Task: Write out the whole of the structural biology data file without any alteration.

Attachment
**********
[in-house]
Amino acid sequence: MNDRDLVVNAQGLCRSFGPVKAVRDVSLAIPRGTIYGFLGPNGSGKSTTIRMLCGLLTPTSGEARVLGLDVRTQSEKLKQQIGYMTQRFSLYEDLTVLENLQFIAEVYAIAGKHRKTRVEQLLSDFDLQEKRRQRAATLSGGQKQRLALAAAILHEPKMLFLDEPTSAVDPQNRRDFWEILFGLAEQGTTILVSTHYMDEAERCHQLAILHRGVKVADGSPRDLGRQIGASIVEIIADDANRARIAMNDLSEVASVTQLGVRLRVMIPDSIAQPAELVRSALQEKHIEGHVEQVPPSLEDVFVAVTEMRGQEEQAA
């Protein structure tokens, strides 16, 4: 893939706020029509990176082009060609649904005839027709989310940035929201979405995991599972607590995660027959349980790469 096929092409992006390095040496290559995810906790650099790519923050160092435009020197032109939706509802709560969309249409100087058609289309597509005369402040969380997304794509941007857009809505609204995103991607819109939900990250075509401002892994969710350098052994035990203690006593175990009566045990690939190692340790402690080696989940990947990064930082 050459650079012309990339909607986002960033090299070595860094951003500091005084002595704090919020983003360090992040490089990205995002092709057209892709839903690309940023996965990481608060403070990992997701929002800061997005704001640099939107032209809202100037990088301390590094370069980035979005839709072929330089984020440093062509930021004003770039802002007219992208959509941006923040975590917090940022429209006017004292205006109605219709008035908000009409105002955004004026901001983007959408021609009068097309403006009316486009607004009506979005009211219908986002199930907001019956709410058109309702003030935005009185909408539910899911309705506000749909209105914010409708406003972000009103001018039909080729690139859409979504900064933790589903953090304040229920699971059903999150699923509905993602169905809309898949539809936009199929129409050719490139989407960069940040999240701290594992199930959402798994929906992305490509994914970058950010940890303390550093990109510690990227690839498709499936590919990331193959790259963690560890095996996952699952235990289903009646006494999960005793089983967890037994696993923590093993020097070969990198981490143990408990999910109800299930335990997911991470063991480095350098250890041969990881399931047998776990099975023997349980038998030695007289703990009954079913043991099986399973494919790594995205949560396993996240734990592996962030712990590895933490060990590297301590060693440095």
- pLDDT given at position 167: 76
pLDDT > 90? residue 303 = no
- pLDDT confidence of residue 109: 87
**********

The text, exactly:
[in-house]
Amino acid sequence: MNDRDLVVNAQGLCRSFGPVKAVRDVSLAIPRGTIYGFLGPNGSGKSTTIRMLCGLLTPTSGEARVLGLDVRTQSEKLKQQIGYMTQRFSLYEDLTVLENLQFIAEVYAIAGKHRKTRVEQLLSDFDLQEKRRQRAATLSGGQKQRLALAAAILHEPKMLFLDEPTSAVDPQNRRDFWEILFGLAEQGTTILVSTHYMDEAERCHQLAILHRGVKVADGSPRDLGRQIGASIVEIIADDANRARIAMNDLSEVASVTQLGVRLRVMIPDSIAQPAELVRSALQEKHIEGHVEQVPPSLEDVFVAVTEMRGQEEQAA
């Protein structure tokens, strides 16, 4: 893939706020029509990176082009060609649904005839027709989310940035929201979405995991599972607590995660027959349980790469 096929092409992006390095040496290559995810906790650099790519923050160092435009020197032109939706509802709560969309249409100087058609289309597509005369402040969380997304794509941007857009809505609204995103991607819109939900990250075509401002892994969710350098052994035990203690006593175990009566045990690939190692340790402690080696989940990947990064930082 050459650079012309990339909607986002960033090299070595860094951003500091005084002595704090919020983003360090992040490089990205995002092709057209892709839903690309940023996965990481608060403070990992997701929002800061997005704001640099939107032209809202100037990088301390590094370069980035979005839709072929330089984020440093062509930021004003770039802002007219992208959509941006923040975590917090940022429209006017004292205006109605219709008035908000009409105002955004004026901001983007959408021609009068097309403006009316486009607004009506979005009211219908986002199930907001019956709410058109309702003030935005009185909408539910899911309705506000749909209105914010409708406003972000009103001018039909080729690139859409979504900064933790589903953090304040229920699971059903999150699923509905993602169905809309898949539809936009199929129409050719490139989407960069940040999240701290594992199930959402798994929906992305490509994914970058950010940890303390550093990109510690990227690839498709499936590919990331193959790259963690560890095996996952699952235990289903009646006494999960005793089983967890037994696993923590093993020097070969990198981490143990408990999910109800299930335990997911991470063991480095350098250890041969990881399931047998776990099975023997349980038998030695007289703990009954079913043991099986399973494919790594995205949560396993996240734990592996962030712990590895933490060990590297301590060693440095």
- pLDDT given at position 167: 76
pLDDT > 90? residue 303 = no
- pLDDT confidence of residue 109: 87